The whole idea is based on the fantastic videos of Kurt Braun (especially “Voice Control of Raspberry Pi using Alexa Node-RED & AWS IoT MQTT” & “Amazon Web Services (AWS) IoT MQTT Node-RED Raspberry Pi & PLC“) and some other good resources: e.g. Using Alexa Skills Kit and AWS IoT to Voice Control Connected Devices.


To establish an easy and secure communication between the different services we use the following architecture:

User <-> Alexa <-> AWS Lambda <-> AWS IoT <-> Raspberry Pi

The communication between AWS IoT and the local Raspberry Pi is based on MQTT so you do not need to host your own https service to communicate directly with AWS Lambda. The communication between your Alexa Skill (in AWS Lambda) and AWS IoT is secure and very easy to do. You can think of the IoT thing as a “bridge” to your local device (e.g. Raspberry Pi).


First create a “thing” representing your physical (local) device:

  1. Log into AWS IoT Console
  2. Create a new “thing”
  3. Interact with your “thing” (and copy the Rest API Endpoint for later use) and click on “connect a device”
  4. Download the connection kit and unzip it to your device. If you are using a Raspberry Pi unzip the content to the users root directory:

Create Alexa Skill in AWS Lambda

Create a new Alexa Skill (Alexa Skill Kit) and use the AWS SDK to communicate with your AWS IoT thing. You can download my sample project here: Alexa-Skill-Fernseher. Basically you use the AWS.IoTData Service to communicate with your virtual device:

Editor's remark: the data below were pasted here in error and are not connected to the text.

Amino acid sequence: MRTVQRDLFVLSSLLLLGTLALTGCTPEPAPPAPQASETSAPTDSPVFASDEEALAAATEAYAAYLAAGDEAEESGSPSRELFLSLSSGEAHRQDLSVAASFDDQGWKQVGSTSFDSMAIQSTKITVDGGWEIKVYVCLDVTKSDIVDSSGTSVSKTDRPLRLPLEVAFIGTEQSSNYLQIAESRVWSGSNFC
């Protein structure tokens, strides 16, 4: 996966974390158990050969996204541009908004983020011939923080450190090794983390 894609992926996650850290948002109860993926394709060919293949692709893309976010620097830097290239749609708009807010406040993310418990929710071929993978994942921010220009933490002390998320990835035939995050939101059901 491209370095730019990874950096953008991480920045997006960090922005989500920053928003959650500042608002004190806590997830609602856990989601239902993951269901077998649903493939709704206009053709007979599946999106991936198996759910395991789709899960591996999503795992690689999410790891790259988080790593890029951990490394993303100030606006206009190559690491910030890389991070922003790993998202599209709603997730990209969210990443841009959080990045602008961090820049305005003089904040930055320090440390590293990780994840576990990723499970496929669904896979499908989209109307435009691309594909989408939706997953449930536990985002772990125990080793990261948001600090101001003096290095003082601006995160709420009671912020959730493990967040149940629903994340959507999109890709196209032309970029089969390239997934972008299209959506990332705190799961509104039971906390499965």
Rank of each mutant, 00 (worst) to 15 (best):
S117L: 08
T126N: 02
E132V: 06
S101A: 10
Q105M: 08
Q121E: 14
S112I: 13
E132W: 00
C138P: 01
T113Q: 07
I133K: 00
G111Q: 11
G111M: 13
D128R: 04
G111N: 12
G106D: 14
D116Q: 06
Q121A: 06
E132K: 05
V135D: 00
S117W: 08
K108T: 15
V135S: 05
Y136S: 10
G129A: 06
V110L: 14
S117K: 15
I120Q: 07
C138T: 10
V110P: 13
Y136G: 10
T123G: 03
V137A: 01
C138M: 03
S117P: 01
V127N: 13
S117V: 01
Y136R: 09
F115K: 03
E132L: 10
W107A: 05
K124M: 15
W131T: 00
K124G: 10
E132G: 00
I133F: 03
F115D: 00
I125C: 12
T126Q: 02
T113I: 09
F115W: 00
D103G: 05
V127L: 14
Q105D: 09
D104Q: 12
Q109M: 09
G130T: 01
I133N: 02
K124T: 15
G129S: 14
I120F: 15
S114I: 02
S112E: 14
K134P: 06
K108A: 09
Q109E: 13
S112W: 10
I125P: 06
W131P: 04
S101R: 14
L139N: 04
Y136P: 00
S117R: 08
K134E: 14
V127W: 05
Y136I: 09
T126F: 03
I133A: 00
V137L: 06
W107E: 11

var iotData = new AWS.IotData({endpoint: config.IOT_BROKER_ENDPOINT});
var topic = "/fernseher";

var params = {
    topic: topic,
    payload: payload,
iotData.publish(params, (err, data) =&amp;amp;amp;amp;gt; {
    if (!err){
        this.emit(':tell', tell);

You can now define a MQTT topic (like “/fernseher”) and use this endpoint to push messages to the AWS IoT “thing” (which will forward it to your real device).


In my case I use Node-RED on my device (a Raspberry Pi 2) to react on any MQTT message pushed to the topic (e.g. “/fernseher”). So I have the flexibility on the client side to do whatever I would like to do. In my sample project I react on the MQTT payload to turn on / off my tv and change channels or the volume via a Node-RED harmony node.

To establish the connection to the AWS IoT thing via MQTT you can use the MQTT-Node in Node-RED. Important: Make sure to change the default port to 8883! Create a new server (use the endpoint url from the interact page) and provide the path to the certificates:

by Timo Korinth

Yarn vs. NPM

There’s a new rising star in the world of package managers: Yarn (by Facebook).

It promises some cool features (especially in comparison to NPM):

  • Ultra fast / Optimized network performance
  • Offline mode / Caching of packages

This sounds good so I tested it with a new Angular 2 application (created with Angular CLI). Unsurprisingly Yarn with cached packages beats them all, but the “normal” first run of Yarn was noticeable slower than the good old NPM install.

I’ve created a short video to show you the results:

by Timo Korinth

World Usability Day 2016

Yesterday was “world usability day 2016” and we were very proud to celebrate it at the “Dortmunder U” with tons of interesting talks and discussions about UX, usability & the future of our digital world. I was especially happy as this event took place in my hometown at this history-charged place.

Martin Hoppe and I talked about 3D in current business applications and how to integrate 3D models in existing applications. We tried to cover all the interesting topics like unity 3D, WPF & HTML Integration, CAD models and HoloLens:


See our slides (in german): Was bringt 3D?

Thanks to everyone who made this possible and hope to see you all next year at the same place!